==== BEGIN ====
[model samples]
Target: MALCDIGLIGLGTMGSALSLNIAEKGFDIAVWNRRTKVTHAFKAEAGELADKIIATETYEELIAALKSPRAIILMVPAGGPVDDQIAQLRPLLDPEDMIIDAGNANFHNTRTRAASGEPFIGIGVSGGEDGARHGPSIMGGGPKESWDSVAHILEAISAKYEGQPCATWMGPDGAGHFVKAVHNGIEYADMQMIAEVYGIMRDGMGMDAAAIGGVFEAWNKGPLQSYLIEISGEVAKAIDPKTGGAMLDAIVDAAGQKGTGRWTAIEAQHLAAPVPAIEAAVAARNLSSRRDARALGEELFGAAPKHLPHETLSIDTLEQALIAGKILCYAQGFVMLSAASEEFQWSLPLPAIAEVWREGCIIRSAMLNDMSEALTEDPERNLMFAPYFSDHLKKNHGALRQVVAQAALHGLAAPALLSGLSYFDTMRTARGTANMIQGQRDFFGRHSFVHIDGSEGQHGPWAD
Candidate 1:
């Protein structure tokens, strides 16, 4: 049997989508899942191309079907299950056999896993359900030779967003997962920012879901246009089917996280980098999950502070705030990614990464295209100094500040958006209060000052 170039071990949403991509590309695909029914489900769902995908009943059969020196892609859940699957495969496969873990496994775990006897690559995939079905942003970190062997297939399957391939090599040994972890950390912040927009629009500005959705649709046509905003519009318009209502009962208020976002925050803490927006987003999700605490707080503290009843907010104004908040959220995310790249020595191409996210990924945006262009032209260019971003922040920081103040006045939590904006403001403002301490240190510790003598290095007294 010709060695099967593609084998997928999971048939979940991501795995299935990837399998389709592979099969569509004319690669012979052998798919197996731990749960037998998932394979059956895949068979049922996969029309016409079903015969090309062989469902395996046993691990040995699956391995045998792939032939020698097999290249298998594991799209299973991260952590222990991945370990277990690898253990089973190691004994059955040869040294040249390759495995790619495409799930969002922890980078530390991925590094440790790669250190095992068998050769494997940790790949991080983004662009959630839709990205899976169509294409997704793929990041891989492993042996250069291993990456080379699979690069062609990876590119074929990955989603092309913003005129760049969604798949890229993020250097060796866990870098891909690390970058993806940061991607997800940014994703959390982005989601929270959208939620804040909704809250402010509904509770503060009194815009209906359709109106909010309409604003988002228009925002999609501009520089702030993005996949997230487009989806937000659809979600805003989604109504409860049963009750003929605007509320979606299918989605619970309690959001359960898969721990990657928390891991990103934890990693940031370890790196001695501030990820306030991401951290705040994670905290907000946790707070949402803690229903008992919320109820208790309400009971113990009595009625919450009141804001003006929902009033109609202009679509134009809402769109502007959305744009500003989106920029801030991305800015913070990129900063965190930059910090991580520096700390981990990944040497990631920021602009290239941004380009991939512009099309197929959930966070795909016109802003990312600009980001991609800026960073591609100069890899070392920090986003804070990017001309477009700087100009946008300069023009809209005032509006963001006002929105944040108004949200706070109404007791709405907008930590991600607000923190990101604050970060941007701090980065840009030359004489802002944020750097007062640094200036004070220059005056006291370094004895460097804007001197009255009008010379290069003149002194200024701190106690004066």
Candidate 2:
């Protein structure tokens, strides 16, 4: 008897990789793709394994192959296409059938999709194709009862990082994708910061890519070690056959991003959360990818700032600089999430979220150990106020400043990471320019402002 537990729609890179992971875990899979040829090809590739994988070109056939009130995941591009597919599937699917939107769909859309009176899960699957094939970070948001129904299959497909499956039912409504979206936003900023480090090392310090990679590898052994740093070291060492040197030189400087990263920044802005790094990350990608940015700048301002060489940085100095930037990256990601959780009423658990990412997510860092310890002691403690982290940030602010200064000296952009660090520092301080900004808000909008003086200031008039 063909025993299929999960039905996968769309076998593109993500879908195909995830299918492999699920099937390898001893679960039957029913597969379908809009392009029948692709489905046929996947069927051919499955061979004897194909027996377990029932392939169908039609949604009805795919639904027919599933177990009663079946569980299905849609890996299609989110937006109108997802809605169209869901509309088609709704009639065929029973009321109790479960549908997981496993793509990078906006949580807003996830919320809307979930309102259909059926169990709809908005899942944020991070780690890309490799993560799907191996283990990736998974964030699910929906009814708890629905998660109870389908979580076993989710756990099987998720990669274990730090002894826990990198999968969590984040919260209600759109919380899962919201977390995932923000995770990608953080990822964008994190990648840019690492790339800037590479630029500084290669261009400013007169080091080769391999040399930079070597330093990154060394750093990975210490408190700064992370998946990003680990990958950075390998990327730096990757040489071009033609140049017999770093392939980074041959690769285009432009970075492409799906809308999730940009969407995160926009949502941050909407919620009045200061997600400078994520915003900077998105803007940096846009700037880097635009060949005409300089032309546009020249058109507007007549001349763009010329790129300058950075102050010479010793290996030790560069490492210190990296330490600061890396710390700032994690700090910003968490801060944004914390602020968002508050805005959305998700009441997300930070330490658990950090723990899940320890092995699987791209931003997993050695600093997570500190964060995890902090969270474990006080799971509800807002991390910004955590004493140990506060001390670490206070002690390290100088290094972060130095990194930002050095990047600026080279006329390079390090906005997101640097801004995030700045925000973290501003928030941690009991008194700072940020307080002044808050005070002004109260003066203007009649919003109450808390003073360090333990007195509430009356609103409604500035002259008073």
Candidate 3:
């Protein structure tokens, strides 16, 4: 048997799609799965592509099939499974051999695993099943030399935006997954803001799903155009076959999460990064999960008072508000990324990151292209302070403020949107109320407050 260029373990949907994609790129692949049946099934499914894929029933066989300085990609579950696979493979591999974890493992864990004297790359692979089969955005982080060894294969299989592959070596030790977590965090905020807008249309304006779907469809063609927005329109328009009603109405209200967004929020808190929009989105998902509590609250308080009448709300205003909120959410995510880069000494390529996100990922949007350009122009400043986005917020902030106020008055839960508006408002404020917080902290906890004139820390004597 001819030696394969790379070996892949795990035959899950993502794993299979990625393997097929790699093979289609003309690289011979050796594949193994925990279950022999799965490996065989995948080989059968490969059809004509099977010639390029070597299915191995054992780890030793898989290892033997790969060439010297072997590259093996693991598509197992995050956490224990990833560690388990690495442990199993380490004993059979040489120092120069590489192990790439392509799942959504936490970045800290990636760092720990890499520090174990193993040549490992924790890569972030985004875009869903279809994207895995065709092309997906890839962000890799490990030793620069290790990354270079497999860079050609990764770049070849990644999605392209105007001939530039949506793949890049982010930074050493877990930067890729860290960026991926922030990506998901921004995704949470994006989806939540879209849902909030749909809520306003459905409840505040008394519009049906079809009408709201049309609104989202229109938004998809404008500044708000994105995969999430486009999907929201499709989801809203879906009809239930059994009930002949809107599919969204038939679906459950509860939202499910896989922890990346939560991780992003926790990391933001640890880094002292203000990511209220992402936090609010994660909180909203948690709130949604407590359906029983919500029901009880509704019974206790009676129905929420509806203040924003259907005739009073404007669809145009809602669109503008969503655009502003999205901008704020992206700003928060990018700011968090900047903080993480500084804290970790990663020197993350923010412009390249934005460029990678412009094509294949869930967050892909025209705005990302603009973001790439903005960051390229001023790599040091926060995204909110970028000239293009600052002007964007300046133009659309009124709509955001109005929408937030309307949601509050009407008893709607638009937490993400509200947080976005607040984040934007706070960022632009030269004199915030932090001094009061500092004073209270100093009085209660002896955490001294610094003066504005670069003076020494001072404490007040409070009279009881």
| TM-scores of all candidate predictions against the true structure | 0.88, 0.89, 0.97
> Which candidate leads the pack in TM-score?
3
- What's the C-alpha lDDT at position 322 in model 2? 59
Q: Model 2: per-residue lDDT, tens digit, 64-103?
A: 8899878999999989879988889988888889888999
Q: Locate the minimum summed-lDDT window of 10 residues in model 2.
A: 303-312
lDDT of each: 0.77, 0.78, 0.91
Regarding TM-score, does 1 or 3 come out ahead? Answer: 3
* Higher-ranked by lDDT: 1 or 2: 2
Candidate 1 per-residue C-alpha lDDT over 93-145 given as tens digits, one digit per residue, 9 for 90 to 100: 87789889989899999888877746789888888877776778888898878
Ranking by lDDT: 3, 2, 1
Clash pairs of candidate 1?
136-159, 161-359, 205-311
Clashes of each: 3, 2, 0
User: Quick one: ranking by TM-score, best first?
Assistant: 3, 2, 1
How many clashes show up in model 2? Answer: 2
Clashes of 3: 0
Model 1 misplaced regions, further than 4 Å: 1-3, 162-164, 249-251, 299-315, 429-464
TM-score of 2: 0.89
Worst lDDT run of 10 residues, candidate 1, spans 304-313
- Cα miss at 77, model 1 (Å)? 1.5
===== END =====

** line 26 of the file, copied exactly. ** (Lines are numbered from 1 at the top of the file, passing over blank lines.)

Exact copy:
Assistant: 3, 2, 1